Vance kicks a speculator, boots it dead on the full

Andrea Vance likes to think she is a player in?the?press gallery…the mover and shaker with her finger on the pulse.

Today in?the?DomPost she writes what could best described as a speculator article based on every bit of rumour and gossip floating around Wellington, not much of which is true.

According to a story doing the rounds, National pollster and blogger David Farrar was recently invited to spend some time with Murray McCully.

Widely expected to step down by the end of this term, the foreign minister mischievously let slip he had no intention of retiring from politics – just to see how long the news took to reach his senior colleagues.

Farrar insists the rumour is not true. But it gives a few clues as to what is occupying the minds of National MPs.

One of the parties says it is b.s. but hey let’s run the speculator anyway. That story is old by the way and was running before Christmas.

McCully is not the most imminent departure from party ranks. Wellington’s worst-kept secret is that Trade Minister Tim Groser is shortly off to relieve Mike Moore as New Zealand’s ambassador in Washington.

Also likely to be waving goodbye to Parliament in 2017 is Assistant Speaker Lindsay Tisch, whether he likes it or not. No-one would be surprised to see Finance Minister Bill English take his leave, once he has delivered the long-promised surplus.

Tisch before the last election to go, and he flipped the bird at Key knowing that to tip him out of his seat would require shenanigans far greater than that which saw Key selected in Helensville. This is just dumb of Vance to even mention it.?She?needs to read the National constitution and discover membership numbers, and work out just how hard it would be to tip Tisch out. It would be easier to get rid of McCully given the parlous state of his membership.

National’s rejuvenation continues apace. Amid the wreckage of the Northland by-election, there was conjecture about the damage it would do to the career prospects of Steven Joyce and Paula Bennett, who led the campaign.

After Judith Collins’ sacking during the Dirty Politics saga, it became accepted Joyce and Bennett were front-runners to replace John Key as leader.

But no-one should rule Collins out of the game just yet. Groser’s exit is expected to bring a mini-reshuffle. Given the Chisholm report found no evidence of wrongdoing, some expect her to be reinstated (although not as justice minister). With time on her hands, Collins has quietly been rebuilding her power base within the caucus.

The brains trust of Joyce and Bennett stuffed up badly, worse they have attempted to ignore the disquiet from the back bench. Vance clearly doesn’t know Joyce is disliked and Bennett is loathed by the back bench. They can’t get half of caucus to back them because they never do anything for the back bench MPs constituents. On top of that Bennett has an appalling way of treating her staff and those stories are starting to get legs.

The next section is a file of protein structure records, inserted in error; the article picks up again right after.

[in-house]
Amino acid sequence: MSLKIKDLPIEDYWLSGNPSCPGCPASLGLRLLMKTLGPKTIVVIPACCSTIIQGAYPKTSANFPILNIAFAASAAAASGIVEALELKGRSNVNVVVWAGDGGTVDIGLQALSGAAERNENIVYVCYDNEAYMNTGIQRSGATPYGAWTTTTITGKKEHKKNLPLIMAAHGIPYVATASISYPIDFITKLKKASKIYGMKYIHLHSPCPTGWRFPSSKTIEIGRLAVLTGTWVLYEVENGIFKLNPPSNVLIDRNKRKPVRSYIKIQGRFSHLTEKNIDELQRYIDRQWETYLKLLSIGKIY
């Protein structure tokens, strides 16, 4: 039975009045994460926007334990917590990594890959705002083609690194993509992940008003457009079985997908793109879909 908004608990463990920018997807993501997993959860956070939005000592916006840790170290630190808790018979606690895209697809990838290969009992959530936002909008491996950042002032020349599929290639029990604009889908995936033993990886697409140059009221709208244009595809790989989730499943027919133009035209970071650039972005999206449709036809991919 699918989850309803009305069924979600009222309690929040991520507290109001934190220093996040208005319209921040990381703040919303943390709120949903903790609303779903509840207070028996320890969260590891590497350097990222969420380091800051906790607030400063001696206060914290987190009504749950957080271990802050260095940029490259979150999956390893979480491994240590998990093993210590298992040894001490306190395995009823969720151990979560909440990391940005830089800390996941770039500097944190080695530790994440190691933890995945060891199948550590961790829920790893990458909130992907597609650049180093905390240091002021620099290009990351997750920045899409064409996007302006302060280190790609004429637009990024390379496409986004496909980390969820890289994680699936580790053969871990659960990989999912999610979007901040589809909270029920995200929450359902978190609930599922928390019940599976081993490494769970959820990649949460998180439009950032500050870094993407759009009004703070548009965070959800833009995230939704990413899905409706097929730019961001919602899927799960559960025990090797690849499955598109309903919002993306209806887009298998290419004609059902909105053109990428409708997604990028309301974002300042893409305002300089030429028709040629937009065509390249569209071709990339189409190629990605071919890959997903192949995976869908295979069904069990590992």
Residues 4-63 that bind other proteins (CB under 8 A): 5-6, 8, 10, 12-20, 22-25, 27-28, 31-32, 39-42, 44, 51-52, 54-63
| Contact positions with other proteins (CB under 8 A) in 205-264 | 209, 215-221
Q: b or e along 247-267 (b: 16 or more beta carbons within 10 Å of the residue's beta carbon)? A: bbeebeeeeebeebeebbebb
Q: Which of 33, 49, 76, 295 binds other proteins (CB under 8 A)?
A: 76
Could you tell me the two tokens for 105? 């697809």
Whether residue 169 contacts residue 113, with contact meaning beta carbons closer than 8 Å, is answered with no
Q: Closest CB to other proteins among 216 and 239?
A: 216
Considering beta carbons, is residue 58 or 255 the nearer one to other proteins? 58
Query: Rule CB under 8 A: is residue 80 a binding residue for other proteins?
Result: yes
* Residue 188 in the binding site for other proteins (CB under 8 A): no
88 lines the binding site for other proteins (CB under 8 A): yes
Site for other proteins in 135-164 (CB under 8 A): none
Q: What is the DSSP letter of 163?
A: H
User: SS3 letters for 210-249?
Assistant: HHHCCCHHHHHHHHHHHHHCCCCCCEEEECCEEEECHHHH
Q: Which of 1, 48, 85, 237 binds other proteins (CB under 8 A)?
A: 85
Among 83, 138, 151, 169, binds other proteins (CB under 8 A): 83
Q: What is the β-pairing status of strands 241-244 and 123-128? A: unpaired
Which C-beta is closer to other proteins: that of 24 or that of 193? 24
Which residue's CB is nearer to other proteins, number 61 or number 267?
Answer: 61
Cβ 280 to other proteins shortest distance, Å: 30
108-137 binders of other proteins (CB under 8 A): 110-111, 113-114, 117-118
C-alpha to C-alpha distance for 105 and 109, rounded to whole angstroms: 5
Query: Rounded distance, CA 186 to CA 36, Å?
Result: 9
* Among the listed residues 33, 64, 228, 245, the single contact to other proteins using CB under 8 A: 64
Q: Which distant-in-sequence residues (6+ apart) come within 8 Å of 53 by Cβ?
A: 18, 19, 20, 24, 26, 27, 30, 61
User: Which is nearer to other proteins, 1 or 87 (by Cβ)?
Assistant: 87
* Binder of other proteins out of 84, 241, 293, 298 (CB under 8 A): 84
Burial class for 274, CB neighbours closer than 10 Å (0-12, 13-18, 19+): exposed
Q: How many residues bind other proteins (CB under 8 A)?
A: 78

The by-election gave other signals about National’s rising stars. Attention fell on the ministers sent to bolster Mark Osborne’s lacklustre campaign.

But much of the grunt work was done by four backbenchers: Todd Muller, Barbara Kuriger, Chris Bishop and Alfred Ngaro.

Ngaro, Parliament’s first Cook Islander and a thoughtful community worker, is almost certainly next cab off the rank into Cabinet. His campaign to win Te Atatu off Labour’s Phil Twyford has already begun.

The other three are regarded as minister material.

Bay of Plenty MP Muller (a former Zespri and Fonterra high-flier) is not new to politics: he was a staffer to Prime Minister Jim Bolger and has served on National’s list-ranking committee.

Also from the class of 2014, Taranaki-King Country MP Kuriger, like other female backbenchers, has kept a low profile.

Bishop, a protege of Joyce and a former tobacco lobbyist, was tipped to rise through the ranks even before he entered Parliament.

You can tell this is a put up job from the Joyce camp in that they are promoting their own team and the poor work some of them did in Northland, and ignoring the one MP who put in?the hardest work and who actually won the booths he was responsible for. I’m not going to tell Vance who that was, by leaving him out she has shown just precisely who has been whispering in her ear.

All in all this article from Vance was nothing but the spreading of several rumours and some cafe gossip…not much of which was right. It shows clearly she is out of touch with much of the National party caucus…and like a little whisper from Joyce’s pals.


– Fairfax